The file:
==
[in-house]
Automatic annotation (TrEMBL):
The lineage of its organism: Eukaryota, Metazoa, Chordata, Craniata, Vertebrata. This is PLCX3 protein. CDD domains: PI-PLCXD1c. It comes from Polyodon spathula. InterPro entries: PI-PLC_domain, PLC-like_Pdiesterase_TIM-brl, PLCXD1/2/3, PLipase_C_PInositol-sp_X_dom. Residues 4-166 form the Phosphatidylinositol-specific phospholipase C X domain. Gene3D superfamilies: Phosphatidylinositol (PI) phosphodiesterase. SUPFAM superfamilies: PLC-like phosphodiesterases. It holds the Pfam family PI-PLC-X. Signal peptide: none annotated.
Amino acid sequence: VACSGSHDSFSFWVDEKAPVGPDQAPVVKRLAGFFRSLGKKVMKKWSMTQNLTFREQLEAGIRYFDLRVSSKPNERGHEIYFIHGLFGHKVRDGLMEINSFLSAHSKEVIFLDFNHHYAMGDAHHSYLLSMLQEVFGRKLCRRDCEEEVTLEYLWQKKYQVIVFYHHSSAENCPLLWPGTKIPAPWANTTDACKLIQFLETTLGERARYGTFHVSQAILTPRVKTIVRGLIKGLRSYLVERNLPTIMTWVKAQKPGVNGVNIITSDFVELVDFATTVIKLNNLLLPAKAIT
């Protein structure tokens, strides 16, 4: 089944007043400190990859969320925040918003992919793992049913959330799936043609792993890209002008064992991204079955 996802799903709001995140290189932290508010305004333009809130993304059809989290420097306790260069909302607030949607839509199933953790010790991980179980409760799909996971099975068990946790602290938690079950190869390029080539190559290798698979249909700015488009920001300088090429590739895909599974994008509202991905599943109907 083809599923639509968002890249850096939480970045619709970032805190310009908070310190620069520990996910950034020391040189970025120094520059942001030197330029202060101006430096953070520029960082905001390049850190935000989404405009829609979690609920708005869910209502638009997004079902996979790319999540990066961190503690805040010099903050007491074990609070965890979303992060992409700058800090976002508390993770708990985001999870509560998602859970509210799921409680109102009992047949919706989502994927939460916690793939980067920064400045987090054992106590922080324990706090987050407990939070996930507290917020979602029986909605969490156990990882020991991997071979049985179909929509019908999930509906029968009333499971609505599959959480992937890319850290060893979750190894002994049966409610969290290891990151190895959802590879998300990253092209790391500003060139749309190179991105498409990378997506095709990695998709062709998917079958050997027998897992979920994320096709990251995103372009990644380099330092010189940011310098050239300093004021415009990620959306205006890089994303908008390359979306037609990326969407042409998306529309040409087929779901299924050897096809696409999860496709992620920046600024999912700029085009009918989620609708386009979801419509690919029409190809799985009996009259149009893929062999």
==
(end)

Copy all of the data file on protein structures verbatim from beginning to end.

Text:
[in-house]
Automatic annotation (TrEMBL):
The lineage of its organism: Eukaryota, Metazoa, Chordata, Craniata, Vertebrata. This is PLCX3 protein. CDD domains: PI-PLCXD1c. It comes from Polyodon spathula. InterPro entries: PI-PLC_domain, PLC-like_Pdiesterase_TIM-brl, PLCXD1/2/3, PLipase_C_PInositol-sp_X_dom. Residues 4-166 form the Phosphatidylinositol-specific phospholipase C X domain. Gene3D superfamilies: Phosphatidylinositol (PI) phosphodiesterase. SUPFAM superfamilies: PLC-like phosphodiesterases. It holds the Pfam family PI-PLC-X. Signal peptide: none annotated.
Amino acid sequence: VACSGSHDSFSFWVDEKAPVGPDQAPVVKRLAGFFRSLGKKVMKKWSMTQNLTFREQLEAGIRYFDLRVSSKPNERGHEIYFIHGLFGHKVRDGLMEINSFLSAHSKEVIFLDFNHHYAMGDAHHSYLLSMLQEVFGRKLCRRDCEEEVTLEYLWQKKYQVIVFYHHSSAENCPLLWPGTKIPAPWANTTDACKLIQFLETTLGERARYGTFHVSQAILTPRVKTIVRGLIKGLRSYLVERNLPTIMTWVKAQKPGVNGVNIITSDFVELVDFATTVIKLNNLLLPAKAIT
């Protein structure tokens, strides 16, 4: 089944007043400190990859969320925040918003992919793992049913959330799936043609792993890209002008064992991204079955 996802799903709001995140290189932290508010305004333009809130993304059809989290420097306790260069909302607030949607839509199933953790010790991980179980409760799909996971099975068990946790602290938690079950190869390029080539190559290798698979249909700015488009920001300088090429590739895909599974994008509202991905599943109907 083809599923639509968002890249850096939480970045619709970032805190310009908070310190620069520990996910950034020391040189970025120094520059942001030197330029202060101006430096953070520029960082905001390049850190935000989404405009829609979690609920708005869910209502638009997004079902996979790319999540990066961190503690805040010099903050007491074990609070965890979303992060992409700058800090976002508390993770708990985001999870509560998602859970509210799921409680109102009992047949919706989502994927939460916690793939980067920064400045987090054992106590922080324990706090987050407990939070996930507290917020979602029986909605969490156990990882020991991997071979049985179909929509019908999930509906029968009333499971609505599959959480992937890319850290060893979750190894002994049966409610969290290891990151190895959802590879998300990253092209790391500003060139749309190179991105498409990378997506095709990695998709062709998917079958050997027998897992979920994320096709990251995103372009990644380099330092010189940011310098050239300093004021415009990620959306205006890089994303908008390359979306037609990326969407042409998306529309040409087929779901299924050897096809696409999860496709992620920046600024999912700029085009009918989620609708386009979801419509690919029409190809799985009996009259149009893929062999």